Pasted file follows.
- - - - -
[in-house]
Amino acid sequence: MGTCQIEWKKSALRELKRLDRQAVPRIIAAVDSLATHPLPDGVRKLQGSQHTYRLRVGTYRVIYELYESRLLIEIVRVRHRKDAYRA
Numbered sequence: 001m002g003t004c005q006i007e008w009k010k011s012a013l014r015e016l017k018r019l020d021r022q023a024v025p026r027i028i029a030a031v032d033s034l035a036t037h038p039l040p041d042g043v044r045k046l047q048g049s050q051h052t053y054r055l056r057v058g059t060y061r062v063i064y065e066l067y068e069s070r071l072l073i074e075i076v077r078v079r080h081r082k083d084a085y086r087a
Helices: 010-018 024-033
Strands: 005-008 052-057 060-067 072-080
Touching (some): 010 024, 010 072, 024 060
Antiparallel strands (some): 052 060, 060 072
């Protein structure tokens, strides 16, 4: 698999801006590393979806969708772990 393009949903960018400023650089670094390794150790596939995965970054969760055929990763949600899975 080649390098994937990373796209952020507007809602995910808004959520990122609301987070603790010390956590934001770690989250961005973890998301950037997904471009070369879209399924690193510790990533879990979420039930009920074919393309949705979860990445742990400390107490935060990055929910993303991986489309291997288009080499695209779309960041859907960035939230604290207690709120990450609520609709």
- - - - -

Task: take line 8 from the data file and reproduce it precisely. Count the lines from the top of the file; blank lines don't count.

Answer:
């Protein structure tokens, strides 16, 4: 698999801006590393979806969708772990 393009949903960018400023650089670094390794150790596939995965970054969760055929990763949600899975 080649390098994937990373796209952020507007809602995910808004959520990122609301987070603790010390956590934001770690989250961005973890998301950037997904471009070369879209399924690193510790990533879990979420039930009920074919393309949705979860990445742990400390107490935060990055929910993303991986489309291997288009080499695209779309960041859907960035939230604290207690709120990450609520609709």